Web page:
Today we’d like to introduce you to Enrique Nevarez.
Enrique, please share your story with us. How did you get to where you are today?
I’ve always been thinking and daydreaming since I could remember. Usually I didn’t speak much at school growing up, and being part of the LGBT community, you learn how to adapt to your surroundings early. Art was always an escape that welcomed me unconditionally throughout my growth.
Today, I credit my great-grandmother for my purpose in getting me a clear sense on why I paint what I do, being a first generation with a great foundation of family has been part of my development and I’m still growing and learning how I can help my community with my skills. Speaking has never been my strength, and I’m still learning even after University how I fit into the conversation of the art world.
Overall, has it been relatively smooth? If not, what were some of the struggles along the way?
Art in general is hard mentally and physically, but I also think nothing in life is smooth. You will pull out some great paintings and an equal amount of not so impactful ones. I took my time in community college trying everything else other than painting. Whether being a graphic designer, pastry chef, fashion illustration, you name it, I tried it or considered it before taking painting more seriously. There’s a lot of reading, talking about art with other artists or curators, going to art events, learning to understand the current mindset of the art world, what purpose do you feel doing a certain genre of style? Experimenting with many materials, spending many long nights coming up with ideas that mean something to you etc. It’s super fun though, but surely not for the weak hearted, takes some thick skin to make it in my opinion. You have to always make sure to have fun, like anything else.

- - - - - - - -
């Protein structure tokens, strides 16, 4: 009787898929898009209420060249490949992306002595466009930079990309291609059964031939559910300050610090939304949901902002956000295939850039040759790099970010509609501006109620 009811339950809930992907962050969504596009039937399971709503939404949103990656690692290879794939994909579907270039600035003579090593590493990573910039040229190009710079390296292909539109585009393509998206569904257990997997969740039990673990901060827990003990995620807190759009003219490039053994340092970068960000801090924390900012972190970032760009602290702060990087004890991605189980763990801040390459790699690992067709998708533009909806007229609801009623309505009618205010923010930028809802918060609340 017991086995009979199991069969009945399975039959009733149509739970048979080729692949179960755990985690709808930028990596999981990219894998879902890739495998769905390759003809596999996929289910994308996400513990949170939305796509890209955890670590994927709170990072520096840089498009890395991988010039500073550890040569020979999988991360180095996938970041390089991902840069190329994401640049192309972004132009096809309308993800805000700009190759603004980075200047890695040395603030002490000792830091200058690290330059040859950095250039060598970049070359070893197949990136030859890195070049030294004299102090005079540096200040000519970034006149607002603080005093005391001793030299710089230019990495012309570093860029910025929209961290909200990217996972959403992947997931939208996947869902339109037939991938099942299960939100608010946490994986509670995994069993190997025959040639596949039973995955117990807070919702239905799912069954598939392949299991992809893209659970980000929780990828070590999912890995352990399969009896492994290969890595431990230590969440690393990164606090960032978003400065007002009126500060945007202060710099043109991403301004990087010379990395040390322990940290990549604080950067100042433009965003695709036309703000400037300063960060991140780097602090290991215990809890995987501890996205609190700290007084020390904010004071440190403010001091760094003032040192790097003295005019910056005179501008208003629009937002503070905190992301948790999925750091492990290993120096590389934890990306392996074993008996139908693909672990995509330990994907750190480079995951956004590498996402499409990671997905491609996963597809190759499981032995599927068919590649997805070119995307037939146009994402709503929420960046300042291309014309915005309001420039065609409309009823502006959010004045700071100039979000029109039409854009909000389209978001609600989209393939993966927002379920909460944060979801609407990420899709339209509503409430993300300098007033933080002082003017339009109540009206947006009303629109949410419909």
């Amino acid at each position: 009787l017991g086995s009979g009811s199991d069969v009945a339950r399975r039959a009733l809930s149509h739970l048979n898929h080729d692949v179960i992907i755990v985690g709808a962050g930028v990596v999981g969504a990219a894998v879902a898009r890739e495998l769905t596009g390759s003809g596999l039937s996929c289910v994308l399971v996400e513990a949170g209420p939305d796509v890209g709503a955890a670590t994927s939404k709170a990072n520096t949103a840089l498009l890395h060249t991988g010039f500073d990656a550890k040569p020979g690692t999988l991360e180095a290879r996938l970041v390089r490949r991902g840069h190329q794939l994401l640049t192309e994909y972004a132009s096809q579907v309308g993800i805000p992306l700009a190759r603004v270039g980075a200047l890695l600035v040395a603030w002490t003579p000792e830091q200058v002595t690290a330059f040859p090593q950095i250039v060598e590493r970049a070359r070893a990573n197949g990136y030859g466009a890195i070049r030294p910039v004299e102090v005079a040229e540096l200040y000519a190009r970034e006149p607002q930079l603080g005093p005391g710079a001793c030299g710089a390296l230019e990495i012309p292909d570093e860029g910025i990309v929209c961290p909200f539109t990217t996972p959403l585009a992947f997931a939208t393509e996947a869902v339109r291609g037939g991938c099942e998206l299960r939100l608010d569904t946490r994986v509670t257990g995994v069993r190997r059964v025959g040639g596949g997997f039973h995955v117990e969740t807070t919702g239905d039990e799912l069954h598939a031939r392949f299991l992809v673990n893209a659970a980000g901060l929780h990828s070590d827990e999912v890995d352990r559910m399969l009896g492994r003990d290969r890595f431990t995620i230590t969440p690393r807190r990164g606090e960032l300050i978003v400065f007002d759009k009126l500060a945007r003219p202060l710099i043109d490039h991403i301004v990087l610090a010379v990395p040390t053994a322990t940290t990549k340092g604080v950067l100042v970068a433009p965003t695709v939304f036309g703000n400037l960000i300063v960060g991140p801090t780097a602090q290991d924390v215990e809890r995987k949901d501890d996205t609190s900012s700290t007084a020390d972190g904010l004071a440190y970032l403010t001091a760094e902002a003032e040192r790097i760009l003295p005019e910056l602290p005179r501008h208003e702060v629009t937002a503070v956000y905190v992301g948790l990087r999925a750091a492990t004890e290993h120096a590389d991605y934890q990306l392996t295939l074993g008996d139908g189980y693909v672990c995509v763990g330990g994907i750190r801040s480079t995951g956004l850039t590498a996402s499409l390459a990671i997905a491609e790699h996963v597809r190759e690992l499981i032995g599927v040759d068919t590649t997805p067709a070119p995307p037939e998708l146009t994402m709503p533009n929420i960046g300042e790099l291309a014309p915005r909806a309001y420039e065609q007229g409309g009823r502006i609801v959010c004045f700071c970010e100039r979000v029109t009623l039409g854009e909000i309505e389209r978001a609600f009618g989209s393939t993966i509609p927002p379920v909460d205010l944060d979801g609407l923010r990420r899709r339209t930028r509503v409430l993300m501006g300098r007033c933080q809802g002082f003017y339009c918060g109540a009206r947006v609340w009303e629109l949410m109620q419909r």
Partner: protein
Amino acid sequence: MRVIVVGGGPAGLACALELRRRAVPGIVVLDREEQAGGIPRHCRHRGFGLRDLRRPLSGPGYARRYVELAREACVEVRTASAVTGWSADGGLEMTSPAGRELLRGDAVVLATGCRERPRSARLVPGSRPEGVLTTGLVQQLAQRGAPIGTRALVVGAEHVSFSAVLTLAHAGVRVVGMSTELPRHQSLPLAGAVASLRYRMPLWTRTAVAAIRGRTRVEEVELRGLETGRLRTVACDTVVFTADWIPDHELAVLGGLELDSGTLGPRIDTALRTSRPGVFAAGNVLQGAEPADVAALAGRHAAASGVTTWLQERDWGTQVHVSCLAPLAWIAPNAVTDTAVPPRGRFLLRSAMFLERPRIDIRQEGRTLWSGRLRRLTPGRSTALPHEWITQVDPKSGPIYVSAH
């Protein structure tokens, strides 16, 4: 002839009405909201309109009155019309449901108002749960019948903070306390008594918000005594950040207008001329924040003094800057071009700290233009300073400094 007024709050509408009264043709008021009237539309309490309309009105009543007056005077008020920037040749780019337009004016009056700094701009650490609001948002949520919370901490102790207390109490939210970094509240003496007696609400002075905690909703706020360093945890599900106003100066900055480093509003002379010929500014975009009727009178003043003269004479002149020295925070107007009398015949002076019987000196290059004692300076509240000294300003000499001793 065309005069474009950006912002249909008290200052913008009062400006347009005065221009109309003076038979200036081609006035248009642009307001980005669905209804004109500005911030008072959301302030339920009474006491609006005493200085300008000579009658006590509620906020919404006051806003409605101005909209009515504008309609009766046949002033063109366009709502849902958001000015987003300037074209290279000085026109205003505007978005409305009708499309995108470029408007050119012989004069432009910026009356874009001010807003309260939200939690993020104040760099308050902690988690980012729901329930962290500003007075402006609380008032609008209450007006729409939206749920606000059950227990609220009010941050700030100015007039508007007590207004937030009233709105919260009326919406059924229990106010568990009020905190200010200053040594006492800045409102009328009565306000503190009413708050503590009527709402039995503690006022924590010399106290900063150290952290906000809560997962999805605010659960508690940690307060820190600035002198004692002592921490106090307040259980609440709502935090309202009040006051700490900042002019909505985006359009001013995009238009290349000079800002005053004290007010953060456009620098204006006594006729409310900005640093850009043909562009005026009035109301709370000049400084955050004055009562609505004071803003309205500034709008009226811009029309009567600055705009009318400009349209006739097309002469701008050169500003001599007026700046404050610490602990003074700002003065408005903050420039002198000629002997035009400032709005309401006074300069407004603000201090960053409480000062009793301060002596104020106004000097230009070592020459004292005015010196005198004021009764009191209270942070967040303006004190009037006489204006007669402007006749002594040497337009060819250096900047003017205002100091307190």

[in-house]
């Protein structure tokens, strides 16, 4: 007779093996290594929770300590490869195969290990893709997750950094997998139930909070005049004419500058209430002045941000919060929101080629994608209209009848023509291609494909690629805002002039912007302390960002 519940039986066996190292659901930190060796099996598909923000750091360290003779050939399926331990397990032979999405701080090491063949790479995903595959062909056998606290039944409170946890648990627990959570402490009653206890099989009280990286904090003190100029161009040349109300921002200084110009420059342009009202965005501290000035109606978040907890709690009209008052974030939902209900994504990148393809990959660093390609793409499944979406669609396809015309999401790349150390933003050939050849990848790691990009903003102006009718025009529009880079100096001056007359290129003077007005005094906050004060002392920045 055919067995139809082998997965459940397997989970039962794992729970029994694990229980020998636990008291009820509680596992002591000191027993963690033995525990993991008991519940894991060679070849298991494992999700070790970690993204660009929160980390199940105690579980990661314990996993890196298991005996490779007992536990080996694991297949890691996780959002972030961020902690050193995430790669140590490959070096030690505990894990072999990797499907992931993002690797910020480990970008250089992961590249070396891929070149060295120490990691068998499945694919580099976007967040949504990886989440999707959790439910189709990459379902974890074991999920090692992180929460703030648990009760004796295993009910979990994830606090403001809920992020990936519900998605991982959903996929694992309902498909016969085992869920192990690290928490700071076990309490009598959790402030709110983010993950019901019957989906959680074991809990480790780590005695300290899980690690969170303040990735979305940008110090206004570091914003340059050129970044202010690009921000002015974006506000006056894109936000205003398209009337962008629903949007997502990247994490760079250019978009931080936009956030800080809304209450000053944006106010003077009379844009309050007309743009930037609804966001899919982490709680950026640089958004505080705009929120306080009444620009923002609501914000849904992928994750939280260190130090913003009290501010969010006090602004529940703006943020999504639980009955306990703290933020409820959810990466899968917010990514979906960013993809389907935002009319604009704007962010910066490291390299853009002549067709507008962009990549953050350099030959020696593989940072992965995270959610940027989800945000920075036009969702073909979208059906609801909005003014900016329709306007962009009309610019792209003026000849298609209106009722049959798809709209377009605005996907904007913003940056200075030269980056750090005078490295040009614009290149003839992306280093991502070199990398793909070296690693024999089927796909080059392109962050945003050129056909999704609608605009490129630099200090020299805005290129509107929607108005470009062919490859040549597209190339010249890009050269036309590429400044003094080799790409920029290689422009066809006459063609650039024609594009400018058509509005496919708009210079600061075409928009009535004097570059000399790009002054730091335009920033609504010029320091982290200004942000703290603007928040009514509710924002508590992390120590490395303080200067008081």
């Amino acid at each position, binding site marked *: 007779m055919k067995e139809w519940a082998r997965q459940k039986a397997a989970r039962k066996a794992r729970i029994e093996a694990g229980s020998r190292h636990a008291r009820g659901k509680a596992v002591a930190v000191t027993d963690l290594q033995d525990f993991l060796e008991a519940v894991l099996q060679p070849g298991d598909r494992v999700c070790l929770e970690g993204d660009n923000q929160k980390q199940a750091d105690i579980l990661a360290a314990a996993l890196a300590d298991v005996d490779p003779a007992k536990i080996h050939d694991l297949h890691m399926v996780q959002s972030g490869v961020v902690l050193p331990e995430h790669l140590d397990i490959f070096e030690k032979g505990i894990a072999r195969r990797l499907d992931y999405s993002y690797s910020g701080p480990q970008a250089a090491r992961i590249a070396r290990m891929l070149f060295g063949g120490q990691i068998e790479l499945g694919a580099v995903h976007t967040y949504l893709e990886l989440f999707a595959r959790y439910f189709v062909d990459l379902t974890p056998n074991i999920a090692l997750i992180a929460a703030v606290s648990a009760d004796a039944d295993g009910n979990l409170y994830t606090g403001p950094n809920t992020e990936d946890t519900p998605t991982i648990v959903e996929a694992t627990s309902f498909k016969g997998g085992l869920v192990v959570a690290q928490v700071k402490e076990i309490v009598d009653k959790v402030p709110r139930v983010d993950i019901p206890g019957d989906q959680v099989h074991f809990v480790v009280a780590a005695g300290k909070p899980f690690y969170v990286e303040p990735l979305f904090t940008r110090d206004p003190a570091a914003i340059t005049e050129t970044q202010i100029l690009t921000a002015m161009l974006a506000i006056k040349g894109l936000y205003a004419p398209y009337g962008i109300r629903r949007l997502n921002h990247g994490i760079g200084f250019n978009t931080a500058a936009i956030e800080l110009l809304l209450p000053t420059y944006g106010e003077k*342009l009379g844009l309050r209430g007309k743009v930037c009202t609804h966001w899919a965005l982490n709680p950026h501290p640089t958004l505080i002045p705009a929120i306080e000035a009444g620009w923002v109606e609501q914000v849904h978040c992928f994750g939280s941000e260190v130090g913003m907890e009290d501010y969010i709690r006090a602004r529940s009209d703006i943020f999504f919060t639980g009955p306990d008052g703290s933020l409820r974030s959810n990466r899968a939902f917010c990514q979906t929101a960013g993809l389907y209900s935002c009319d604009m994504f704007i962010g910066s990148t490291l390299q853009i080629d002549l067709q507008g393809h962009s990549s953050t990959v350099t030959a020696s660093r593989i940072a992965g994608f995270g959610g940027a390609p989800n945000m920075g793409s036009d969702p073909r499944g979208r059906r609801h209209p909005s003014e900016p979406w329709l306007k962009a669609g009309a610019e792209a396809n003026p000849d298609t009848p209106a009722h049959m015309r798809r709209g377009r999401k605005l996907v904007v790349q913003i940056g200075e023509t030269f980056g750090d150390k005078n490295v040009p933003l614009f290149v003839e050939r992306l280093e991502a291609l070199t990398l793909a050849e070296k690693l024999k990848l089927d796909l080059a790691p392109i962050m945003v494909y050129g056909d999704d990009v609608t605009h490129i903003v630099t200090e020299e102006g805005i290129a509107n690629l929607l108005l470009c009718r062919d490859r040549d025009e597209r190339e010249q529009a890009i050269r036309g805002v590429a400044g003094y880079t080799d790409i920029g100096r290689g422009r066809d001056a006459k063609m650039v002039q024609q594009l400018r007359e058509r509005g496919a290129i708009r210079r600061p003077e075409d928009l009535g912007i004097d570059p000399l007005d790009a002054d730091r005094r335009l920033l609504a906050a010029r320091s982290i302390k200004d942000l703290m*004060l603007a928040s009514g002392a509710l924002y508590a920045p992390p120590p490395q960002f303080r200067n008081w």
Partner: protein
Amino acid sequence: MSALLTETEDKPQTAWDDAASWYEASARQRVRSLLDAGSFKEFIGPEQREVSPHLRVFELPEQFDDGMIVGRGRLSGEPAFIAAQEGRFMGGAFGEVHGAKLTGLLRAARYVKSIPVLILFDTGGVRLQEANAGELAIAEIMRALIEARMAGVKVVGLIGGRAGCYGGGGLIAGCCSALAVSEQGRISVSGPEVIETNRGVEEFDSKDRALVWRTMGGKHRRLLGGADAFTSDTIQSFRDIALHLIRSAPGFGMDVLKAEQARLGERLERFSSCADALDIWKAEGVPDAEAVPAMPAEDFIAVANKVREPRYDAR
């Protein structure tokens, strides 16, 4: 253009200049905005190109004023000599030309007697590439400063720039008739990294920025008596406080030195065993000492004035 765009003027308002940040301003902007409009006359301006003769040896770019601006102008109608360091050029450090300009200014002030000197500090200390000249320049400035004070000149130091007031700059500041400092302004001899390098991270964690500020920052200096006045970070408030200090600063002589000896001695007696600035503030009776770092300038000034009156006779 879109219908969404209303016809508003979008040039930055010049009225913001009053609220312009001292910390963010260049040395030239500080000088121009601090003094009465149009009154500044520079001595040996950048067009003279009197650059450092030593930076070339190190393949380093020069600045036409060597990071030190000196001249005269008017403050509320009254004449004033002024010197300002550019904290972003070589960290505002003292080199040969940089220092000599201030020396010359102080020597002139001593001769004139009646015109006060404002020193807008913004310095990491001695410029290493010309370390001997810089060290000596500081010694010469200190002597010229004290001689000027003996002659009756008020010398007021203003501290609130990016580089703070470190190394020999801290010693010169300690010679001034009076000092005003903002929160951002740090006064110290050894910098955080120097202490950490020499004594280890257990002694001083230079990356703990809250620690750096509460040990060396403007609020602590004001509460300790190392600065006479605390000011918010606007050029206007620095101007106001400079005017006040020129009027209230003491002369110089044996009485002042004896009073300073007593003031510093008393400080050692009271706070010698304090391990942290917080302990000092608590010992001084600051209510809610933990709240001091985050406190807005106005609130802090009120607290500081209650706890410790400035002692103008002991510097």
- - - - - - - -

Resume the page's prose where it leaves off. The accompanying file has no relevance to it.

Please tell us about your art.
I’m a working artist that specializes in the female figure usually known for using my own experiences of the women in my life as a continuous point of reference for my paintings. Whether direct and autobiographical, and collaged through my own image, narrative is built on my own contemplations on the roles of women in my circle and society at large. I’m most proud to support my female audience in a more careful manner with consideration. Also, glad I’ve taken my time to study it all throughout college more than the male figure, which I feel like I can create an easier formula later along my career. I think what sets me apart is I also use myself as reference at times, in a sense dragging my own figure to tell a story, I have always related more to the female perspective growing up, and I don’t feel like many male artists investigate those sociocultural topics, or appreciate them as I do. Most of the time, throughout history, women are objectified in settle ways which is what I want to alter and change. Kind of tall order, but I’m up for the challenge.
What is “success” or “successful” for you?
Consistency in practicing your craft, and keeping up with whatever industry you’re in. The legacy you leave behind hopefully is clean and sincere to your best intentions. Success for me is teaching the next generation how to hold each other accountable to what we feed ourselves in this day and age of the image. And always firstly making sure I can do what I love no matter what, which is art. Can’t survive without it.
- Email: firstname.lastname@example.org
- Instagram: enrique_zeraven